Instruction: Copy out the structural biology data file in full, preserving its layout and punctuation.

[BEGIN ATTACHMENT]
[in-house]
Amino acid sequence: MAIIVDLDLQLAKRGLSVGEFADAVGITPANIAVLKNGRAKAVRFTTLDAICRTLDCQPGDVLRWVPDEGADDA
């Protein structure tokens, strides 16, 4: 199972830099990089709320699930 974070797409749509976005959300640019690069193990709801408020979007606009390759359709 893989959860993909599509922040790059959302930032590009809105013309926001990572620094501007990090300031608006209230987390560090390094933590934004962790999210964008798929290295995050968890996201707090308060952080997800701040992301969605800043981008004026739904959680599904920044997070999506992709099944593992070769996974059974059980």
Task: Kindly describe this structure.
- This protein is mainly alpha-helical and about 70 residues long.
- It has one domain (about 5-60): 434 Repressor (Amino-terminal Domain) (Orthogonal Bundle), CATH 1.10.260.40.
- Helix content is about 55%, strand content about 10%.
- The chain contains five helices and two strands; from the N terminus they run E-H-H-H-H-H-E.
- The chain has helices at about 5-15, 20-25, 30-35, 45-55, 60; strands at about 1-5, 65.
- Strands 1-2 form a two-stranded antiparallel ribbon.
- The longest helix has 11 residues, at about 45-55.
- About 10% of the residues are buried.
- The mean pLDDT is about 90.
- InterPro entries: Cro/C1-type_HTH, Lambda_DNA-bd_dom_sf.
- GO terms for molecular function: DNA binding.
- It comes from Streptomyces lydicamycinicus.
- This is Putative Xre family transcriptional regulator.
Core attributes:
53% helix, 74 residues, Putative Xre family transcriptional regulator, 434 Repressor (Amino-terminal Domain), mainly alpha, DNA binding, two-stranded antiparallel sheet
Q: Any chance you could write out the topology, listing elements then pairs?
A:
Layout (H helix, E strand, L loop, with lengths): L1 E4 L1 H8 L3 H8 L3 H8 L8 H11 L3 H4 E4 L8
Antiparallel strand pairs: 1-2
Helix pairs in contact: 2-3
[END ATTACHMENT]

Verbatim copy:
[in-house]
Amino acid sequence: MAIIVDLDLQLAKRGLSVGEFADAVGITPANIAVLKNGRAKAVRFTTLDAICRTLDCQPGDVLRWVPDEGADDA
């Protein structure tokens, strides 16, 4: 199972830099990089709320699930 974070797409749509976005959300640019690069193990709801408020979007606009390759359709 893989959860993909599509922040790059959302930032590009809105013309926001990572620094501007990090300031608006209230987390560090390094933590934004962790999210964008798929290295995050968890996201707090308060952080997800701040992301969605800043981008004026739904959680599904920044997070999506992709099944593992070769996974059974059980």
Task: Kindly describe this structure.
- This protein is mainly alpha-helical and about 70 residues long.
- It has one domain (about 5-60): 434 Repressor (Amino-terminal Domain) (Orthogonal Bundle), CATH 1.10.260.40.
- Helix content is about 55%, strand content about 10%.
- The chain contains five helices and two strands; from the N terminus they run E-H-H-H-H-H-E.
- The chain has helices at about 5-15, 20-25, 30-35, 45-55, 60; strands at about 1-5, 65.
- Strands 1-2 form a two-stranded antiparallel ribbon.
- The longest helix has 11 residues, at about 45-55.
- About 10% of the residues are buried.
- The mean pLDDT is about 90.
- InterPro entries: Cro/C1-type_HTH, Lambda_DNA-bd_dom_sf.
- GO terms for molecular function: DNA binding.
- It comes from Streptomyces lydicamycinicus.
- This is Putative Xre family transcriptional regulator.
Core attributes:
53% helix, 74 residues, Putative Xre family transcriptional regulator, 434 Repressor (Amino-terminal Domain), mainly alpha, DNA binding, two-stranded antiparallel sheet
Q: Any chance you could write out the topology, listing elements then pairs?
A:
Layout (H helix, E strand, L loop, with lengths): L1 E4 L1 H8 L3 H8 L3 H8 L8 H11 L3 H4 E4 L8
Antiparallel strand pairs: 1-2
Helix pairs in contact: 2-3